Sunday, February 10, 2013

Islamic Republic anti-women laws قوانین زن ستیز اسلامی در ایران

مصاحبه مینوهمتی با شراره رضائی پیرامون قوانین زن ستیز اسلامی در ایران، این گقتگو در روز جمعه 8 فوریه 2013 از برنامه رهائی بسمت ایران ، منطقه، اروپا و آمریکای شمالی  از کانال یک ماهواره پخش گردید.
متن مصاحبه برای خوانندگان انگلیسی زبان تهیه شده.
The English transcript of the Interview, which was broadcasted towards Iran, Middle East, Europe & North America, via Channel One Satellite in Rahai Zan TV Program.
Excerpt of a Television interview  with Sharareh Rezaei, the secretary of Association for the Defence of  Women and Children Rights-TEHRAN, and a member of the leadership of The Organization for Emancipation of Women (OEW) and the Editor of the OEW Journal. The interview was conducted by Mino Hemati, the director of the OEW and the producer and presenter of OEW TV.

Mino Hemati: What are the most anti-women  laws that the Islamic Republic has adopted and implemented against women in Iran?
Sharareh Rezaei:  When  the Islamic Republic came to power (1979), by adopting the Family Laws based on Islam and Sharia they initiated an all sided attack against women and imposed an all encompassing sexual apartheid on the country.

Some of these new Sharia based laws were:
- Gender segregation in schools, buses and Universities
- Abolishment of the right of women to divorce and children’s custody
- Women’s share of inheritance were reduced to that of half of men
- Women’s testimony before the court of law was downgraded to that of half of men
- Age of marriage for girls was lowered to 9 years of age.
- Polygamy and temporary marriage were legalised
- Men were given the right to physically and mentally punish their wives for disobeying them!
- Honour killings were tolerated and encouraged
- Stoning women to death were introduced and exercised

The above are just a sample of anti-women laws that were adopted and implemented by the Islamic regime.

The introduction of these laws further increased anti-women views and practices in the society. Backward and male chauvinist attitudes gained currency.

Women found to be flouting the sharia laws have been subjected to severest punishment including torture, imprisonment and stoning.

Mino Hemati: What are the effects and consequences of such misogynist laws?
 Sharareh Rezaei: - In Iran while the number of girls in higher education is higher than boys, nevertheless the number of women in employment is only 11% of that of men. The introduction of Islamic based laws has led to a dramatic increase in divorce; prostitution; temporary marriage (Seigheh – legal prostitution) as well as increase in polygamy, honour related violence and an increase in the number of children being born outside the wedlock.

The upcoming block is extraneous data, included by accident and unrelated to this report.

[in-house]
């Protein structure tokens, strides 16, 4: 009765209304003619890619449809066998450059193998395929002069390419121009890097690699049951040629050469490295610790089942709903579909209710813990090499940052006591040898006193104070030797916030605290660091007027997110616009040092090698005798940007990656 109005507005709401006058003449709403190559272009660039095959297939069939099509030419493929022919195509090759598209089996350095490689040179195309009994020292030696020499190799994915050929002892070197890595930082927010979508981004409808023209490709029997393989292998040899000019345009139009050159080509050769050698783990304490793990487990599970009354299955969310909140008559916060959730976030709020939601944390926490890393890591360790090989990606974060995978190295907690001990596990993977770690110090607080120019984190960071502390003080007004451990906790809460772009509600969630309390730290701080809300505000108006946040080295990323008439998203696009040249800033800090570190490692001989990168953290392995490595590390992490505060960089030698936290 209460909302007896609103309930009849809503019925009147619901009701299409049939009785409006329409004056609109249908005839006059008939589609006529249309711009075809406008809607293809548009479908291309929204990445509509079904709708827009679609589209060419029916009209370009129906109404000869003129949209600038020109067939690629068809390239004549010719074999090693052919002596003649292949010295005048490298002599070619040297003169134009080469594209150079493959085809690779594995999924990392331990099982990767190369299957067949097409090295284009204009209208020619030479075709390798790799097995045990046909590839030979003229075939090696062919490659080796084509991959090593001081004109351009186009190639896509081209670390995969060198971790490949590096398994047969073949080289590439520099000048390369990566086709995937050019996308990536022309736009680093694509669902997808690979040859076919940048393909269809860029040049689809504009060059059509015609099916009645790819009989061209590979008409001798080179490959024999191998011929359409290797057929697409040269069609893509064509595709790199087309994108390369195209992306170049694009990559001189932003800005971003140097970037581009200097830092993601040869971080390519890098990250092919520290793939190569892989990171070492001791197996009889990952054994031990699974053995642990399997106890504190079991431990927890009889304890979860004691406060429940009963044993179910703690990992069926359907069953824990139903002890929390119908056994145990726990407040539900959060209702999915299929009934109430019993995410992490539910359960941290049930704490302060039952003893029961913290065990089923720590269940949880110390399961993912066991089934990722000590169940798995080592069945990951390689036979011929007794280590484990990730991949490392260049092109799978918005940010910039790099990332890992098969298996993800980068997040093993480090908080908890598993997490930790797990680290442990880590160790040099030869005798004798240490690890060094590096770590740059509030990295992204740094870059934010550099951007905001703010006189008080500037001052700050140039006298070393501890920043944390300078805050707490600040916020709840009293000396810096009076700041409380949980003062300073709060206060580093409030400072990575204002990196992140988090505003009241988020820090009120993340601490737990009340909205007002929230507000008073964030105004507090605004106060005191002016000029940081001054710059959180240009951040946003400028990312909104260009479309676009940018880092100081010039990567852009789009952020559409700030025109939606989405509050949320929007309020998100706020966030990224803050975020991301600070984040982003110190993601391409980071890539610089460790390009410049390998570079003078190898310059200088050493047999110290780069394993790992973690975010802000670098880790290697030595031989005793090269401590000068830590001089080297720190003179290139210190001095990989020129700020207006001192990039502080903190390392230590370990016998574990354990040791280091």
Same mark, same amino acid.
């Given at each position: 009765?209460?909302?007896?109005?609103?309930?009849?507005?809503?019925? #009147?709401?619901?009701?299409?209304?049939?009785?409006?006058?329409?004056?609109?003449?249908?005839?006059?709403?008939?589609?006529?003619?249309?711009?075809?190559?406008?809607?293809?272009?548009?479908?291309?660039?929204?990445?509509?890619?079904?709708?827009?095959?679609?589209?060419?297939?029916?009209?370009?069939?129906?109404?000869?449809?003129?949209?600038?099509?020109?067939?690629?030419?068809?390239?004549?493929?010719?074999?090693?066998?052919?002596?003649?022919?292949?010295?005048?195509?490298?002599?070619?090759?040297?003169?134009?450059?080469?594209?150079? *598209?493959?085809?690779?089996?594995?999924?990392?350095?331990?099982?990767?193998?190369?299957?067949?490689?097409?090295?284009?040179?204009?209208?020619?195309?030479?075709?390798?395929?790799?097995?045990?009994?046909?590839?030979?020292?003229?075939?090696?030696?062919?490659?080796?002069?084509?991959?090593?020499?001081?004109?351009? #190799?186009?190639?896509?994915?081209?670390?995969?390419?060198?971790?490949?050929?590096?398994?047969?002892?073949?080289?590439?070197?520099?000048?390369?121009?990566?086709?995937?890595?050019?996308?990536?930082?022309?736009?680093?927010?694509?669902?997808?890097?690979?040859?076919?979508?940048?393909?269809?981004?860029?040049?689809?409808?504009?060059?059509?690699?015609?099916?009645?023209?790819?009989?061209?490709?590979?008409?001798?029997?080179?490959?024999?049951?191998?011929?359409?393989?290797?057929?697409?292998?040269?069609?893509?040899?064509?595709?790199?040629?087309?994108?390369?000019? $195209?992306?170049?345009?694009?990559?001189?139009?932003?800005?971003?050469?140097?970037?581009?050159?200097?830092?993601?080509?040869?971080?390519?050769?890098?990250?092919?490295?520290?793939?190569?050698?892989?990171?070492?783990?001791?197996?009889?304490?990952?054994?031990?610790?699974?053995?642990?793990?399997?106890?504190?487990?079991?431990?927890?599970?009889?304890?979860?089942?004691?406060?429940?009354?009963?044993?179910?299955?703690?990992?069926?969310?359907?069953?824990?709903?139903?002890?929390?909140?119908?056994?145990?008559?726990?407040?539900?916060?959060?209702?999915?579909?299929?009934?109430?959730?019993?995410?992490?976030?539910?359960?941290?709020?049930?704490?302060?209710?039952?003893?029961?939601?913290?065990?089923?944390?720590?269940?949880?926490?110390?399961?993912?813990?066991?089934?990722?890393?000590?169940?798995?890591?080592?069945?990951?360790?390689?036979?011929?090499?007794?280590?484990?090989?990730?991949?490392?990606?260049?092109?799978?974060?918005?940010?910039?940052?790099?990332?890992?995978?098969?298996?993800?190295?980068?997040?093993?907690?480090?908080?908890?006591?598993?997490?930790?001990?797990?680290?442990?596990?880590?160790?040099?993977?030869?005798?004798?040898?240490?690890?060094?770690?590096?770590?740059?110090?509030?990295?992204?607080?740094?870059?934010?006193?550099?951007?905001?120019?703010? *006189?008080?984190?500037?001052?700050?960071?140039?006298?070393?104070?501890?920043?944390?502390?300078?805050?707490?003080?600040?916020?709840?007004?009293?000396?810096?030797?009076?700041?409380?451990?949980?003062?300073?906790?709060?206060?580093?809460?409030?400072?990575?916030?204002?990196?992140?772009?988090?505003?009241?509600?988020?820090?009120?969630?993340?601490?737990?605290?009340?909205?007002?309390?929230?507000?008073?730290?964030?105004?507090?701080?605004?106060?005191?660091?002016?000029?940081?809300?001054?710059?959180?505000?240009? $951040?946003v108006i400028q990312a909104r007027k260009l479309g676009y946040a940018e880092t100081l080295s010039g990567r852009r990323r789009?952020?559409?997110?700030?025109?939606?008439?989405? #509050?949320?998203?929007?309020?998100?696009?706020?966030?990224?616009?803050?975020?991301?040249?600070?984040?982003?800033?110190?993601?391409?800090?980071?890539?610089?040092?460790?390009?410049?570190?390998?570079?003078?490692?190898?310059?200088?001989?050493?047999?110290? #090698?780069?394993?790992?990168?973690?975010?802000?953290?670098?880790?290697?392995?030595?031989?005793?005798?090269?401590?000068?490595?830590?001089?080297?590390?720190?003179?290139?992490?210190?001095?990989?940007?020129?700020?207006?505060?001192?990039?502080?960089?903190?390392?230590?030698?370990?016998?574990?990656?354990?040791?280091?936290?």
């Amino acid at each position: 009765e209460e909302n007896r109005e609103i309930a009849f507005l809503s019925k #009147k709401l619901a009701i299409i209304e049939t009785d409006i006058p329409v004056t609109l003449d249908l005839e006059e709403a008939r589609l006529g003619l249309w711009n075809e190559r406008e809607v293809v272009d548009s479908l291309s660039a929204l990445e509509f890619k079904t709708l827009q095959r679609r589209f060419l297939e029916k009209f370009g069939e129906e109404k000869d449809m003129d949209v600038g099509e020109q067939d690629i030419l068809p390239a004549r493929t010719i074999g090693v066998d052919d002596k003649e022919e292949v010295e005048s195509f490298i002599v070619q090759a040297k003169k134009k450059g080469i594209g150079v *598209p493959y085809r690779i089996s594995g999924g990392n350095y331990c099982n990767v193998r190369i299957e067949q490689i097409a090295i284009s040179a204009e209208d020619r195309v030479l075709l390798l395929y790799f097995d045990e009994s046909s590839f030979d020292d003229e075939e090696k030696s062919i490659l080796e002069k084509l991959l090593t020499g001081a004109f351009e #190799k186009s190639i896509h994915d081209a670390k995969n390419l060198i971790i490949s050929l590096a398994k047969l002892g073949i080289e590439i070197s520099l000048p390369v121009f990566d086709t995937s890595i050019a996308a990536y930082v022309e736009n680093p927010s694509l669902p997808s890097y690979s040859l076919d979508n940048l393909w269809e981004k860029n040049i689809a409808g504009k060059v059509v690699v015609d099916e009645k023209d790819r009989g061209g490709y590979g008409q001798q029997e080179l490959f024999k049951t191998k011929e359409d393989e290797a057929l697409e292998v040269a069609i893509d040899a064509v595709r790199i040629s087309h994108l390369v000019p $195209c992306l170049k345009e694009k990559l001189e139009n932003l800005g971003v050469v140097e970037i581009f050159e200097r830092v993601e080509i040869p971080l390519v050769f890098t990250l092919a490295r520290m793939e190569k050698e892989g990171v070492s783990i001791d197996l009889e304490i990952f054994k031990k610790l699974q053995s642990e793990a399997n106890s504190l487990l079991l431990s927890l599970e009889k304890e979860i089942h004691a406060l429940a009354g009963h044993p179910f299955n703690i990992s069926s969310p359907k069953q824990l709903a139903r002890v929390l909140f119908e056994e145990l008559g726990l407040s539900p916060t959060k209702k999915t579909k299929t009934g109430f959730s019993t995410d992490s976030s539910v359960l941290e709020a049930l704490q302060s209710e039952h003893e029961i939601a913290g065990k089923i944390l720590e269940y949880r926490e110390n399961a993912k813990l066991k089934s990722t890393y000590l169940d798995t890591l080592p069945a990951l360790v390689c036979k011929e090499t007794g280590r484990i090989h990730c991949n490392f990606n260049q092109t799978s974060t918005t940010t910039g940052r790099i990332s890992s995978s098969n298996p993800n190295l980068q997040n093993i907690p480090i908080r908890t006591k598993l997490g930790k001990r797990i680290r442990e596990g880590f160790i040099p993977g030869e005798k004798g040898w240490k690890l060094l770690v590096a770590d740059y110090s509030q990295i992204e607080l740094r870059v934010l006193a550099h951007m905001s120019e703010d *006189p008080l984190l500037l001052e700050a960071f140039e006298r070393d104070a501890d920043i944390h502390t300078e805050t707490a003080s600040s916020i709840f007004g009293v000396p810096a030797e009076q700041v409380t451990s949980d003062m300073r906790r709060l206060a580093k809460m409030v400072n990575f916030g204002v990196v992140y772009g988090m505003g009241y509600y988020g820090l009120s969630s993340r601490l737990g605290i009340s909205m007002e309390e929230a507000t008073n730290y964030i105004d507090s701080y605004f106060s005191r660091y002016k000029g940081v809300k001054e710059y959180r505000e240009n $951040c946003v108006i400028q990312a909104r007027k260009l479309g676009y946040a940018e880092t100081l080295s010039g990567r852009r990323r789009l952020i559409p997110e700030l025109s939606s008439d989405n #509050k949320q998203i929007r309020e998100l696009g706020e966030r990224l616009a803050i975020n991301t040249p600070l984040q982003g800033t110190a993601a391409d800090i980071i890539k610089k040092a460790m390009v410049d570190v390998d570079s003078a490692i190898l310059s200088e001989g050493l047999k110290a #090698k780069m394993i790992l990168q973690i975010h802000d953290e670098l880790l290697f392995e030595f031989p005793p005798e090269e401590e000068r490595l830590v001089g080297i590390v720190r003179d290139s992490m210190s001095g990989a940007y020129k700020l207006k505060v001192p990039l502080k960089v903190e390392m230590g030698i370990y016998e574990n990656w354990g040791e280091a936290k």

A large number of women and girls have been expelled from their work places, universities and schools for violating strict Islamic dress code.

All these mistreatments and discriminations have been institutionalise and led to a total humiliation and degradation of women.

Mino Hemati: What has been the reaction among women and especially women's rights activists to women situation in Iran?
 Sharareh Rezaei: Don’t be surprised if I say the struggle and opposition to sexual apartheid  and discrimination has not stopped even  for one day. Women and girls constantly and on daily basis challenge “hijab”.  They take on the authorities at every opportunity knowing full well that such actions will carry retribution on the part of the security forces not only against them but also their families will be implicated.

Many of the women’s rights activists are still in prison. A number of activists fearing for their lives have been forced to flee the country.

The protest and opposition against these laws are as old as the Islamic Republic. In 1980 more than 100,000 people took to the street in protest against the imposition of compulsory hijab.  In recent years a number of high profile gatherings and protests have taken place in front of Tehran University and “Laleh Park” ,  all against family laws and all its misogynist and anti-women implications and against suppression of women.

Every year on the occasion of March 8th, a number of gatherings and events are organised despite all the intimidation, assault and arrest of the organisers and participants.  Women activists also mark November 25th, the international day against violence against women by organising meetings, conferences and gatherings.

Mino Hemati: At the end of the interview do you have any messages for our viewers?

Sharareh Rezaei: I would like to say that in a society struck by sexual apartheid we all are victims. We are all being subjected to oppression and degradation just because we are women. Our suffering is indiscriminate. We all suffer and this calls for a collective response.

We need to call on the international public opinion and make them aware that the Islamic inspired sexual apartheid is not any less abhorrent than racial apartheid that was universally condemned.  We must let the world know that the emancipation of women in Iran is part and parcel of human liberation and its progress. Struggle against the Islamic Republic should be through siding and supporting women’s and workers movements in Iran and not through economic sanctions and military assault on Iran by US and Israel.

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